To keep everything in check in terms of where the rubber meets the road – or, more appropriately the sand or gravel – Porsche turned to Pirelli to develop bespoke Scorpion All Terrain Plus tires with a 9 mm tread pattern to really munch through all that dirt. They measure 19 inches up front and 20” at the rear, which is down on the 20” and 21” tires found on the C4. The smaller wheels were required to provide the thick, tough sidewalls needed for the kinds of abuse Porsche expects the Dakar to undergo. The wheels themselves, meanwhile, are crafted from aluminum and have been styled to recall those found on the 953 car. The A/T tires come as standard, but summer performance and snow tires are also available.

porsche 911 dakar

In addition to the higher ride height, the Dakar gets a stainless steel plate under the front and rear bumpers and along the wider sills to ensure any rocks kicked up won’t shred the paint too severely. The front bumpers, meanwhile, have been redesigned for less front overhang and better approach and departure angles.

While Off-road mode is on-hand to help progress over slower, rougher terrain, the all-new Rallye mode is tuned to allow for stable progress over fast gravel. It provides a more rear-biased power delivery and more wheel slip, so getting the back end out through your favourite back-road is made all that much easier. No matter the drive mode, meanwhile, standard all-wheel steering and Porsche Torque Vectoring Plus keeps you more stable still.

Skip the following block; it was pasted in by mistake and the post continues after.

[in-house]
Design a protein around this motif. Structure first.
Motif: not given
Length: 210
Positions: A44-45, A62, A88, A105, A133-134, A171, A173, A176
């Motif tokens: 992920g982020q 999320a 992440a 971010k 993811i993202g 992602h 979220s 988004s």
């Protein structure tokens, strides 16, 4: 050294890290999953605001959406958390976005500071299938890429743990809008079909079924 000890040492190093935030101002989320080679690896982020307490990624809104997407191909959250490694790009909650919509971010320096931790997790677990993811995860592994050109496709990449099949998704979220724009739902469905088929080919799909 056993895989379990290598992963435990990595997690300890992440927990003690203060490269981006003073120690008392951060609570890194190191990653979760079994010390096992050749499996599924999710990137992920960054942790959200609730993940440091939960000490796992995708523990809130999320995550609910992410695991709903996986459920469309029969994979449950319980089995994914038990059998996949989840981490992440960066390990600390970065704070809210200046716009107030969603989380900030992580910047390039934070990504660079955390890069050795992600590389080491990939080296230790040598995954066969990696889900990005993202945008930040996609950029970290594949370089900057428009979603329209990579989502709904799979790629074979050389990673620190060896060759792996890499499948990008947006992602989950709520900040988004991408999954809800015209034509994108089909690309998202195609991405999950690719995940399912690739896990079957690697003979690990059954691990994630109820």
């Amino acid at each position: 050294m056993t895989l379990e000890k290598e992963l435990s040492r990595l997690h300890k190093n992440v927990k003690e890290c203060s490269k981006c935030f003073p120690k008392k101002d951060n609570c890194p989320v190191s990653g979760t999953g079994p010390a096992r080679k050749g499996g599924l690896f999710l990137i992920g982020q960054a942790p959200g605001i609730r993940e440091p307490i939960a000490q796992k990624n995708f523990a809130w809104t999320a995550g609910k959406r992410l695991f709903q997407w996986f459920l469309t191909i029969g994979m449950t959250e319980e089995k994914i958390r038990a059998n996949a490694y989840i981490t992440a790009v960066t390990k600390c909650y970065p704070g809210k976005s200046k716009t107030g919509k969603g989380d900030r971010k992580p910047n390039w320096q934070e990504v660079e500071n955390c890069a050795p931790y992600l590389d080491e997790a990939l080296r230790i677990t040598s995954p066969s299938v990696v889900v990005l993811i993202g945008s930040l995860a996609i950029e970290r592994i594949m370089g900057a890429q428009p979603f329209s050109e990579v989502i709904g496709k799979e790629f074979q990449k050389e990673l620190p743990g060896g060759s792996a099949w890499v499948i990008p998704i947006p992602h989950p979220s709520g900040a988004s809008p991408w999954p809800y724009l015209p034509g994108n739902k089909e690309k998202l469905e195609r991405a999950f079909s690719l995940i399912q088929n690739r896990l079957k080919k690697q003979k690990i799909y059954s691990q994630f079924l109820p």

There are no back seats, which is the only way you can get the Dakar. The fitting of the adjustable-height rear suspension meant the back seats had to go, and for European-market cars there’s a roll cage option and that wouldn’t make much sense when paired with rear seats. Yes; the 911 is known traditionally as a 2 + 2, but being tuned for lightweight performance (there’s also a carbon fibre spoiler and frunk cover as well as lightweight glass) and dedicated to traversing rugged terrain as the Dakar is, back seats just weren’t in the cards. You can, however, opt for dealer-installed options such as a roof rack, jerry cans, supplementary light bars, and even a roof-mounted tent.

porsche 911 dakar

That, of course, is all somewhat secondary. From the bonkers ride height to the chunky tires, playfully-named drive modes (more standard fare like normal and sport is also here, but sport-plus and individual are no longer) and the option to spec a modern take on the classic Rothman’s tobacco livery (with “Roughroads” taking the place of “Rothman’s” which is…quirky), this is a special 911. Porsche will say that the recently revealed GT3 RS is still the “halo” or “flagship” 911, but that’s not limited like the Dakar is. With a $247,200 price tag, meanwhile, the Dakar is priced like the rarity that it is and will likely be a sought-after special edition of the 911, right up there with the likes of the 964 RS America, the 993 GT2 and the 996 GT3 RS. Which, by the way, saw its Nurburgring Nordschleife lap time equalled by a Dakar.